December 31, 2014
December 31, 2014
U.S. Senator Ron Wyden issued the following statement praising President Obama’s announcement of new steps to open up relations with the Cuban people:
“I applaud the President for today’s announcement and for taking these historic steps to normalize relations with Cuba. I have long believed that trade and engagement are liberalizing forces and I look forward to working with my colleagues and with our diplomats to bring about the progress in Cuba that we all want to see. I am also pleased to hear that imprisoned American citizen Alan Gross has been allowed to return to the United States, and that the U.S. and Cuba have separately agreed to an exchange of captured intelligence agents.
For more than a half-century, the United States has sought to isolate Cuba diplomatically and economically and bring down the Castro regime. By any metric, that policy has failed. At some point, policy makers must put aside personal ideology, look at the historical record, and reassess. In my judgment, that point is now.
There are some who will say that these steps do nothing but prop up a regime that cracks down on critics. And I want to be clear that I continue to have grave concerns about the repression of pro-democracy advocates in Cuba. One need look no further than the State Department’s most recent Human Rights Report to read about the Cuban government’s arbitrary arrests, selective prosecution, and use of violence, intimidation and detention “to prevent free expression and peaceful assembly.” When I visited Cuba nine years ago I saw the effects of this repression firsthand.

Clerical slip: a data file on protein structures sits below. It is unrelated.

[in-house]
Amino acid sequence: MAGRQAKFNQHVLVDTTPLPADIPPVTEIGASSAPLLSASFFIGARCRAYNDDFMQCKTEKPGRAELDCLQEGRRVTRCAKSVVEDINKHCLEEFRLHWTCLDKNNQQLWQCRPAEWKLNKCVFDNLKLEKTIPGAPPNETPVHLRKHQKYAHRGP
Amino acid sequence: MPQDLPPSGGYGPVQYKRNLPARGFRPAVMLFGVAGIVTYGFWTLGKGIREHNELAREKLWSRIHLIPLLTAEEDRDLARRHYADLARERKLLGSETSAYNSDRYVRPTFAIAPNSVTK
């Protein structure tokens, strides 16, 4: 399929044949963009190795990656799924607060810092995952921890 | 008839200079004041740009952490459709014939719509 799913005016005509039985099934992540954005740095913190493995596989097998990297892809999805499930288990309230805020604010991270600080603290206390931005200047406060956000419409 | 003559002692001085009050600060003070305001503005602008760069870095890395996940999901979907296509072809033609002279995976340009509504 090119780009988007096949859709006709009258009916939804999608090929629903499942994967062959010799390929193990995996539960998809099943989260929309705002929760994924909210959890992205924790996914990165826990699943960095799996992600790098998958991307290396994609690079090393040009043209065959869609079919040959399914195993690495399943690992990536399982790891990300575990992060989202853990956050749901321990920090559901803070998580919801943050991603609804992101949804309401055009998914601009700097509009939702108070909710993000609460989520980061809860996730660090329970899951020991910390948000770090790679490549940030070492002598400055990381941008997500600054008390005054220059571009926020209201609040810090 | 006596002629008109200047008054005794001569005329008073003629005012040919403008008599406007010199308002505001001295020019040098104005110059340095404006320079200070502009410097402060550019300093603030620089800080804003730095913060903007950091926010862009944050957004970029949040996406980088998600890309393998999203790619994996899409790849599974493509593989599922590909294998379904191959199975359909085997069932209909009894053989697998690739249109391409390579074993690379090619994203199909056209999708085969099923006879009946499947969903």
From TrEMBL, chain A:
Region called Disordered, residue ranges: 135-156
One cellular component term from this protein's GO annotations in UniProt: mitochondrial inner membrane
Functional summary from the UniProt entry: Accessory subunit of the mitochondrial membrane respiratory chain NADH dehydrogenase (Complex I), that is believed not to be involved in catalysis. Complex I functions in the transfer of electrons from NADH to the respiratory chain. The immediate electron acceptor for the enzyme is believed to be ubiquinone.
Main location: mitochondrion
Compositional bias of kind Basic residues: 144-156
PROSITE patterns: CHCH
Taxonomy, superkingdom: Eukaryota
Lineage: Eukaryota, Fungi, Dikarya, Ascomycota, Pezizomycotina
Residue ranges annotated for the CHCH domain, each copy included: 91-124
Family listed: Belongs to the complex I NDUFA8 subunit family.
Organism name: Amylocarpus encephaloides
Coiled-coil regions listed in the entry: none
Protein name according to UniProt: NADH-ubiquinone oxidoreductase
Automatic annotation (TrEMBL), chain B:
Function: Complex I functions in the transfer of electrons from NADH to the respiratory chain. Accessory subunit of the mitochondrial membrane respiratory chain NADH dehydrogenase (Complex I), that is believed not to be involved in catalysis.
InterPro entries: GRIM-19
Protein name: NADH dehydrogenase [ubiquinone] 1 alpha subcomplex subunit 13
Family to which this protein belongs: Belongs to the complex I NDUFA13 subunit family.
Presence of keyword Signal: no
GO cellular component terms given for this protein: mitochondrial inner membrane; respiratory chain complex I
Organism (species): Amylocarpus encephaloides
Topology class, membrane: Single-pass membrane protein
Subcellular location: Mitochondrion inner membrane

But I also reject the cynical argument that America can only bring about positive change in Cuba by continued unilateral attempts to ostracize the country. And I reject the idea that I must choose between normalizing relations with Cuba on the one hand and continuing my support for freedom of thought, conscience, and expression on the other. I think history has shown that to be a false choice. My hope is normalizing diplomatic ties will put more focus on improving human rights in Cuba and better protecting the environment in the Gulf of Mexico.
In light of today’s developments, I am requesting that the International Trade Commission initiate a study of the economic impact on the United States of current U.S. restrictions on exports of goods and services as well as travel to Cuba by U.S. citizens. This study will provide a foundation for reevaluating the current U.S. economic relationship with Cuba.
At a time when so many Americans are just getting by, we also cannot ignore the trade opportunities currently denied to American farmers, manufacturers, and service providers. U.S. trade restrictions must be appropriately calibrated to ensure that we do not unnecessarily leave American jobs on the table. I look forward to working with the President to open up trade with the Cuban people.
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